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Sigiriya rock stands 200m above the surrounding landscape and was originally inhabited by monks before King Kashyapa overthrew his father and fled to Sigiriya fearing reprisal attacks.
Visiting the impressive Sigiriya rock fortress, we enter the stairs between the giant stone Lion Gate, of which only the paws remain, and make our way up to the palace ruins perched on top of the flat rock. We admire ancient rock art and impressive engineering feats as we explore this sacred and unique part of Sri Lankan history. We also visit the stunning rock caves in nearby Dambulla, each containing a different representation of Buddha. As we approach Kandy, we visit a commercial spice farm and learn about the spices that once enticed many traders to Sri Lanka. This is followed by lunch in the nearby restaurant. Our arrival in Kandy allows guests to relax or create their own adventures in the afternoon and evening.
The amazing Sigiriya rock has been tempting us for a few days and today we take on this beautiful rock structure and all the history it contains in an early morning climb to the rooftop fortress. The climb is not for the faint hearted or those who suffer from vertigo, however our guide ensures that your visit to the site will be worthwhile, regardless of how high you climb.
The rock stands 200m above the surrounding landscape and was originally inhabited by monks before King Kashyapa overthrew his father and fled to Sigiriya fearing reprisal attacks. The kingdom was ruled from a palace on top of the rock for just under 20 years before falling and returning to Anuradhapura. Although short lived, the palace was an impressive complex with frescoes lining the walls and ornate water gardens sprawling around the complex.
As we approach the rock, the water gardens run in symmetry to an axis that flows from the rock centerpiece. Many of the gardens are complete with ancient fountains that still function during periods of high rainfall and are connected by a series of underground piping that was laid during the period of the kingdom, over a thousand years ago. Crocodiles and snakes still live in the area and if you look carefully you might see them baking in the sun near one of the many ponds.
A spiral staircase takes guests up to a fresco wall attached to the sheer face of the rock, adorned with ladies this wall represents only a fraction of what the wall originally contained. Historians estimate that the western face of the wall was a giant picture gallery during the time of the palace. The mirror wall, once polished so the King could admire himself during the walk to the palace assists some guests with overcoming the vertigo as it hides the height and sheer face of the rock, atop which lies the palace.
The entrance to the final staircase is guarded by the lion gate, with impressively large lion claws firmly planted at each side of the staircase. The original staircase has been replaced with a sturdier steel gantry which takes guests to the plateau of the rock where only the foundations of the ancient palace remain. After the Kingdom was defeated, the monks returned and practiced here until the 14th century, after which the jungle took over until rediscovery many centuries later.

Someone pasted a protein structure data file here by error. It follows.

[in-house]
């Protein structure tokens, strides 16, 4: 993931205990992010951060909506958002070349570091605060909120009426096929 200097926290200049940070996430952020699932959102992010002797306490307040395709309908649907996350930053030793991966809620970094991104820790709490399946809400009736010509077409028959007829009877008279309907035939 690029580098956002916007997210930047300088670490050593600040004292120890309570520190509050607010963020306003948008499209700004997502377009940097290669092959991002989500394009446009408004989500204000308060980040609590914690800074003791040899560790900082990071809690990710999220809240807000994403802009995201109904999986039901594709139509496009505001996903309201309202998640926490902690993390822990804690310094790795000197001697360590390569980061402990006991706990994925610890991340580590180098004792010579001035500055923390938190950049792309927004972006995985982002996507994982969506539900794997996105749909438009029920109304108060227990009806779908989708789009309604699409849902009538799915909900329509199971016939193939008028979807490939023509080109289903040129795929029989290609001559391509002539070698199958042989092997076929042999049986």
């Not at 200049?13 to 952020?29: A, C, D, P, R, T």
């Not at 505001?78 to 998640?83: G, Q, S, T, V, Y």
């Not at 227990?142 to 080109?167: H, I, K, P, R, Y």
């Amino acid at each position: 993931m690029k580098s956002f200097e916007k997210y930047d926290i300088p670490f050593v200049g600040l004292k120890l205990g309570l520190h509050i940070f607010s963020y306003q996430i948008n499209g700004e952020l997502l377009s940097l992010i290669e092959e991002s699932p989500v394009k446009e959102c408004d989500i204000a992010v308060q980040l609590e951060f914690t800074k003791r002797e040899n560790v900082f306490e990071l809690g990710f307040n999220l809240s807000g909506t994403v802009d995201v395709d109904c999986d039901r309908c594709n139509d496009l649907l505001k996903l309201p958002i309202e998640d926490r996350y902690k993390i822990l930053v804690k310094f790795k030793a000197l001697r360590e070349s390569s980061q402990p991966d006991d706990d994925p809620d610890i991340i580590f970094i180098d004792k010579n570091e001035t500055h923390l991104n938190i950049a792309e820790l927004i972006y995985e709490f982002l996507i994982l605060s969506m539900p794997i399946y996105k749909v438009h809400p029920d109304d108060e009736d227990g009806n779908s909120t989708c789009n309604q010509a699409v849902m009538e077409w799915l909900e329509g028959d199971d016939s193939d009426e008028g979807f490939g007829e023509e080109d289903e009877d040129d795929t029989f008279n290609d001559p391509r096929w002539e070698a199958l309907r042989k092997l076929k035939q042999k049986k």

Climbing the rock builds up an appetite so we return to our hotel for breakfast and to refresh before continuing our day. Most of our days don’t start before 9am, however to avoid the heat we recommend taking the climb when the site opens around 7am.
Revitalised after breakfast we depart Sigiriya and continue south towards Dambulla and the cave temples that have been used since the first century BC. The site contains over 80 caves and it is estimated that human burials have occurred in the area for over 2700 years. During our visit we explore 5 of the caves, within which over 150 Buddha’s can be found. Each of the caves were created during different periods and the style of Buddha and paintings that line each cave reflect the period of Sri Lankan history to that time. Our guide explains the significance of each period and the ornate Buddha’s that line each cave.
Our ancient history lesson gets a little more practical in the afternoon as we continue towards Kandy, stopping off to learn about how spices put Sri Lanka on the modern trading map. Visiting a commercial spice plantation the local guide explains the uses (both modern and historic) for various spices that were once the mainstay of the Sri Lankan economy. Guests can purchase local spices or herbal treatments from the gift shop (although we recommend checking that any purchases are not subject to Australian Quarantine requirements if you plan on brining it home).
A quick curry lunch is enjoyed at a neighbouring restaurant before we take our final drive into the last kingdom of Sri Lanka, Kandy. As we approach Kandy the climate changes with more vegetation along the side of the road, signifying the greater access to water in the higher and more central parts of Sri Lanka. On arrival in Kandy we check into our riverside hotel on the edge of the city where guests can relax or take their own journey into the city center for the evening.
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